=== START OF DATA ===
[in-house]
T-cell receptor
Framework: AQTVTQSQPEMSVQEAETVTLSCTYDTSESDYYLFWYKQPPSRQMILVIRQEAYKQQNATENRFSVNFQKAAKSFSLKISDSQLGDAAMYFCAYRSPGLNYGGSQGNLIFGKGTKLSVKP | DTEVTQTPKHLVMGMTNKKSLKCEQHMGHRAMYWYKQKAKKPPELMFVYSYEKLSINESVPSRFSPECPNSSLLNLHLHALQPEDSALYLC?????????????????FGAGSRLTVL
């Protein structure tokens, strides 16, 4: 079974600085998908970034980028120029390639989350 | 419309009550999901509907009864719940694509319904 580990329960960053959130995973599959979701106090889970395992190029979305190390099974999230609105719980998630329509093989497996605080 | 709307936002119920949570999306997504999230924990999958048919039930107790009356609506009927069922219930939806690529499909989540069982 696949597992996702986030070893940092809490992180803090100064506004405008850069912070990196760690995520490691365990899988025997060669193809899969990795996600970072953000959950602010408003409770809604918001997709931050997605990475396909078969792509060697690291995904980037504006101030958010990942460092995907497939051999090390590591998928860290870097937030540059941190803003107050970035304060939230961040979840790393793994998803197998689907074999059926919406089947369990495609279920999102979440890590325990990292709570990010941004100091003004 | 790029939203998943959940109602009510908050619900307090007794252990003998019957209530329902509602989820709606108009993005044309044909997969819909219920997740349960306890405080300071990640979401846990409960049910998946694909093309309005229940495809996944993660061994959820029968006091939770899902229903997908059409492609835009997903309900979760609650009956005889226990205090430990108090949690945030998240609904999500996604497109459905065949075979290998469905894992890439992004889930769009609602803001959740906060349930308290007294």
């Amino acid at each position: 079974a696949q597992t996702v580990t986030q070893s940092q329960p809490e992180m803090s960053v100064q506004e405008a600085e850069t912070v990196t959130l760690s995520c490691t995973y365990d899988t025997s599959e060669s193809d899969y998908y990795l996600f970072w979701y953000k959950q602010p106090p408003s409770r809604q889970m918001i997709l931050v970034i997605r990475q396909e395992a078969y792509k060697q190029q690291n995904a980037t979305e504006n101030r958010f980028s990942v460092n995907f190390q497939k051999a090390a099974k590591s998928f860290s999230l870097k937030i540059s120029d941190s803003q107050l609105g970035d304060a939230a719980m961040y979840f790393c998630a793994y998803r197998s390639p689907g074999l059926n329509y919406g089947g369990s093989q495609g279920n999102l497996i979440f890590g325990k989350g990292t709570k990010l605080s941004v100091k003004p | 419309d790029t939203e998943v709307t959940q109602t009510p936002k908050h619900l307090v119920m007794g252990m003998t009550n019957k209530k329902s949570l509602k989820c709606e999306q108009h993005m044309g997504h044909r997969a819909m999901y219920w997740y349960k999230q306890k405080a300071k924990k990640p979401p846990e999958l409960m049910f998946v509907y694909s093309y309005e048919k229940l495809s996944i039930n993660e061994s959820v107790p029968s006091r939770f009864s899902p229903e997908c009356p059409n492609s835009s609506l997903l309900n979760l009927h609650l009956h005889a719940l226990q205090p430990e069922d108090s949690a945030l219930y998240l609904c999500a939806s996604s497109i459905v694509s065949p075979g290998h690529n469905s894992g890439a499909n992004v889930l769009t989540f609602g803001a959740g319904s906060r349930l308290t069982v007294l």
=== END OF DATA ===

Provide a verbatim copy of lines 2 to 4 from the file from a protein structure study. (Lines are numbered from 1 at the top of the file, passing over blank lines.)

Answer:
T-cell receptor
Framework: AQTVTQSQPEMSVQEAETVTLSCTYDTSESDYYLFWYKQPPSRQMILVIRQEAYKQQNATENRFSVNFQKAAKSFSLKISDSQLGDAAMYFCAYRSPGLNYGGSQGNLIFGKGTKLSVKP | DTEVTQTPKHLVMGMTNKKSLKCEQHMGHRAMYWYKQKAKKPPELMFVYSYEKLSINESVPSRFSPECPNSSLLNLHLHALQPEDSALYLC?????????????????FGAGSRLTVL
């Protein structure tokens, strides 16, 4: 079974600085998908970034980028120029390639989350 | 419309009550999901509907009864719940694509319904 580990329960960053959130995973599959979701106090889970395992190029979305190390099974999230609105719980998630329509093989497996605080 | 709307936002119920949570999306997504999230924990999958048919039930107790009356609506009927069922219930939806690529499909989540069982 696949597992996702986030070893940092809490992180803090100064506004405008850069912070990196760690995520490691365990899988025997060669193809899969990795996600970072953000959950602010408003409770809604918001997709931050997605990475396909078969792509060697690291995904980037504006101030958010990942460092995907497939051999090390590591998928860290870097937030540059941190803003107050970035304060939230961040979840790393793994998803197998689907074999059926919406089947369990495609279920999102979440890590325990990292709570990010941004100091003004 | 790029939203998943959940109602009510908050619900307090007794252990003998019957209530329902509602989820709606108009993005044309044909997969819909219920997740349960306890405080300071990640979401846990409960049910998946694909093309309005229940495809996944993660061994959820029968006091939770899902229903997908059409492609835009997903309900979760609650009956005889226990205090430990108090949690945030998240609904999500996604497109459905065949075979290998469905894992890439992004889930769009609602803001959740906060349930308290007294």